I am writing from midcoast Maine, where I am at the beginning of a two-week writer’s residency, working on my next book, On Permission. I’m a late summer visitor to this part of the world and have been for years. Susan and I have been coming here for more than a decade now and intend to move here as soon as we can; I spent many college holidays here visiting the family of my best friend, who was born and raised here; I was here last August to do a collaborative workshop with Katherine May; it is the place where the weight of daily life recedes, and I am able to breathe and work, uninterrupted. To be offered this time and space has been a gift, and not one that I take lightly.
When I arrived here on Saturday afternoon after a five-hour drive north from my home in Connecticut, I pulled into the driveway, unpacked, headed out to do some grocery shopping for staples, and— because I didn’t feel like cooking after such a long trip— took myself out for dinner to a favorite restaurant where I sat at the bar and ate a bowl of wok-charred rice noodles and vegetables. Admittedly, I did what most people do these days when they’re dining alone: I looked at my phone. And I found in the neighborhood of 20 “news” post alerts in my email about Harry, Duke of Sussex, and various revelations from a leaked copy of his book— some inane, and some of which could make your hair go straight up— meant to tease and titillate. They were, as we used to say in trade publishing, sticky, meaning: addictive. Once you looked, you couldn’t look away. When I got back to my residence, I found myself wondering why I cared more than I wanted to admit.
I haven’t really been paying attention, Susan said, when I called her later that night. We’re busy, we have bills to pay, your mother is driving us crazy, we’re all getting older. (All true.)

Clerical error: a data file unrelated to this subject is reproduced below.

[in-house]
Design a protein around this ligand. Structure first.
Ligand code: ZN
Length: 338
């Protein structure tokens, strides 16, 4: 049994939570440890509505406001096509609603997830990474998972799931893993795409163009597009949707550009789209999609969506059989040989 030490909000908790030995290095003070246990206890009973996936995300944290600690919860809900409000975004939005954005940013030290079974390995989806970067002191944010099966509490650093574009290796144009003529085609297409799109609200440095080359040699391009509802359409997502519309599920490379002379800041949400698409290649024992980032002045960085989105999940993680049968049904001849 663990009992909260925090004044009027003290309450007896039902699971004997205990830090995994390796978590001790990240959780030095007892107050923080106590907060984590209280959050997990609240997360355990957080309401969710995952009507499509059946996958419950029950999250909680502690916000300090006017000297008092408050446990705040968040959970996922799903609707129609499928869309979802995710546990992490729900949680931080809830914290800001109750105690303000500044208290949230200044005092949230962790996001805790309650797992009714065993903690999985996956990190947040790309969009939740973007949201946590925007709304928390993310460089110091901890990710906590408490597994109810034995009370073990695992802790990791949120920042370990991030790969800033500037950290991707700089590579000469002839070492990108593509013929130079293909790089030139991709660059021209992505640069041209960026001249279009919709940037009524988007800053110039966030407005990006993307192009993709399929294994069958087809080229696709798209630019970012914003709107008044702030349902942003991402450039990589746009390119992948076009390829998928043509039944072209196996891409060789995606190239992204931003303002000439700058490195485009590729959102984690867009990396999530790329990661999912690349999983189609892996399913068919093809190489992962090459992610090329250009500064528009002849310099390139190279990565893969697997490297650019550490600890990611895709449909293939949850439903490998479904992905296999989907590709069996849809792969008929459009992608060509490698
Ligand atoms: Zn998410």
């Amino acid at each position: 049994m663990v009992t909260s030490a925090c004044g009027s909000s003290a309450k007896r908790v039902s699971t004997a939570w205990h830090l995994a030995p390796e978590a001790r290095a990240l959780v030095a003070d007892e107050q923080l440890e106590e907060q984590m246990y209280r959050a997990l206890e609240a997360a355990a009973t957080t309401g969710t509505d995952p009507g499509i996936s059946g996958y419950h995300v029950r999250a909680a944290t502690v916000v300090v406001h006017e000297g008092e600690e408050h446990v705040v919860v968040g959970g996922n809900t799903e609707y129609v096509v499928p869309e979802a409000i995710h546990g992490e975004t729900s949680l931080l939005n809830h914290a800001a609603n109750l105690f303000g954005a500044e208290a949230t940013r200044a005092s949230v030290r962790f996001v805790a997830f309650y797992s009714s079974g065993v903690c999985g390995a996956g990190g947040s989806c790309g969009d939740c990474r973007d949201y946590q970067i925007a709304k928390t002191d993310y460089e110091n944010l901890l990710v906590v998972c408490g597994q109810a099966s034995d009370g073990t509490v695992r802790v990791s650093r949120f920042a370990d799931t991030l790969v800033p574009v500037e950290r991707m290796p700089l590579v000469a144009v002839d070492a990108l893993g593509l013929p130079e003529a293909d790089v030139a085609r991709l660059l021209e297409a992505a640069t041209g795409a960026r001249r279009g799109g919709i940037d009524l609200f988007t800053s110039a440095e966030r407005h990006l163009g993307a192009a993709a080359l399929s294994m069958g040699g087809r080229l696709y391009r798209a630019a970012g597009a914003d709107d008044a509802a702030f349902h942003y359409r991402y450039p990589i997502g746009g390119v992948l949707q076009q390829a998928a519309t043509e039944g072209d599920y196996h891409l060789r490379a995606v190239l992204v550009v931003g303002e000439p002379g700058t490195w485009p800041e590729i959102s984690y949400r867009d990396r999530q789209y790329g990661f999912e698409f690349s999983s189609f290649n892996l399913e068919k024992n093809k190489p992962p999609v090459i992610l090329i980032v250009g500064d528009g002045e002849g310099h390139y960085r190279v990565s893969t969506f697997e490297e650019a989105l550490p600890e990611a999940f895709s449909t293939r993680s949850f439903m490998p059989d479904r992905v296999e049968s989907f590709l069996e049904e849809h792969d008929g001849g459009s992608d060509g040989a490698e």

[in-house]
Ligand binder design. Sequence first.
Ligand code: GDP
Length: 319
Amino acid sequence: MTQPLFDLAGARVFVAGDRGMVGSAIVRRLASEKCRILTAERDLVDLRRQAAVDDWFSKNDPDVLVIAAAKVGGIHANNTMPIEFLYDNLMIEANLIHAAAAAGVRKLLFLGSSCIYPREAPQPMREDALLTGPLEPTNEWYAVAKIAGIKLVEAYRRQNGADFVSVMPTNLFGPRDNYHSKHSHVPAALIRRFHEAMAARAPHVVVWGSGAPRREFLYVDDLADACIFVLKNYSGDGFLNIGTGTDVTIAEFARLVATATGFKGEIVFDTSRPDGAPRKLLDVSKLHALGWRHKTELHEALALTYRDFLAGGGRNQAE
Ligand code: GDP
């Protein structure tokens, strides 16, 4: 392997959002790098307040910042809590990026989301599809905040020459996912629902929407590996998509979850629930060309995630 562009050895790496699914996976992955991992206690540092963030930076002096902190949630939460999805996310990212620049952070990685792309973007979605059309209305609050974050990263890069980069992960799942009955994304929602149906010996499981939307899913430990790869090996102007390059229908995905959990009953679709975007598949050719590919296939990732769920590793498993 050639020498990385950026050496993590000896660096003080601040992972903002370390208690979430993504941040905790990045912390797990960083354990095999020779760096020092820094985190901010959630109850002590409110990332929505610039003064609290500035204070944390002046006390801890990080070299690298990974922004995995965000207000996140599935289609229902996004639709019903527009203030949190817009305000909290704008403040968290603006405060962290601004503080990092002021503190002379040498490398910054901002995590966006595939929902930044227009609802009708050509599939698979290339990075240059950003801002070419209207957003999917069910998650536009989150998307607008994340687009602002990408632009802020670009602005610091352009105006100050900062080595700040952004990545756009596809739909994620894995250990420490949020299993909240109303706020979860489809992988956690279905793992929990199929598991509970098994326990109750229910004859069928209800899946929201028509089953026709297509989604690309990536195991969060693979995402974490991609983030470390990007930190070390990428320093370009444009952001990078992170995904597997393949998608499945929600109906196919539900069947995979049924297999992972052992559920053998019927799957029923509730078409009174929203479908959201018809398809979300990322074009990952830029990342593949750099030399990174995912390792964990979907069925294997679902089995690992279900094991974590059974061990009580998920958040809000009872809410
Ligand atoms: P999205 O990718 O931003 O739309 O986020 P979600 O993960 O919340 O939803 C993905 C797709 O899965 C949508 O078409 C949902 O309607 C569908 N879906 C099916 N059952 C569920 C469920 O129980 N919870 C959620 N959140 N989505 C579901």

Completely ridiculous, said three of my English friends via WhatsApp; two of them are Labour supporters and one of them, a devoted Tory. One of my friends is vehemently anti-monarchy, and the other two are not. Of the latter, one of them described the monarchy as sort of a cultural wallpaper: always there. As for me, I openly wept when the Queen died, and that is all I will say on the subject.
Over the next day, I received a number of texts from writer friends and some of my memoir students wanting to know what I thought about Harry’s book, since I am writing about this very subject—permission to tell one’s story. So I spent a lot of time that night watching various news clips, reading pieces about Harry and his book, and the presumed family response, which remains conjecture because they do not speak directly to the public about private matters, as a centuries-old rule. This is what I came away with, sans side-taking (which would be ridiculous since I don’t know the parties, and likely neither do you; we only know what we know, or what we think we know):
Every one of us who walks upright has the right to tell our own story the way we wish it to be known. Every one of us is responsible for our own narrative, both internal and external. And every one of us who tells our own story the way we wish it to be known must also be able to live with the fallout because, whether we are royalty or a lowly author and teacher of memoir the way I am, there will be fallout, and we cannot predict or control what it will be. Further, if you reveal something that undoes the reputation of one of the parties in the book, you do not then get to simultaneously plead love and the naive desire to have everything go back to being the way it once was. Because it won’t be; it will never be again. It took me a decade to fully grok this fact, despite what my friend Anne Lamott says: if people wanted you to write warmly about them, they should have behaved better.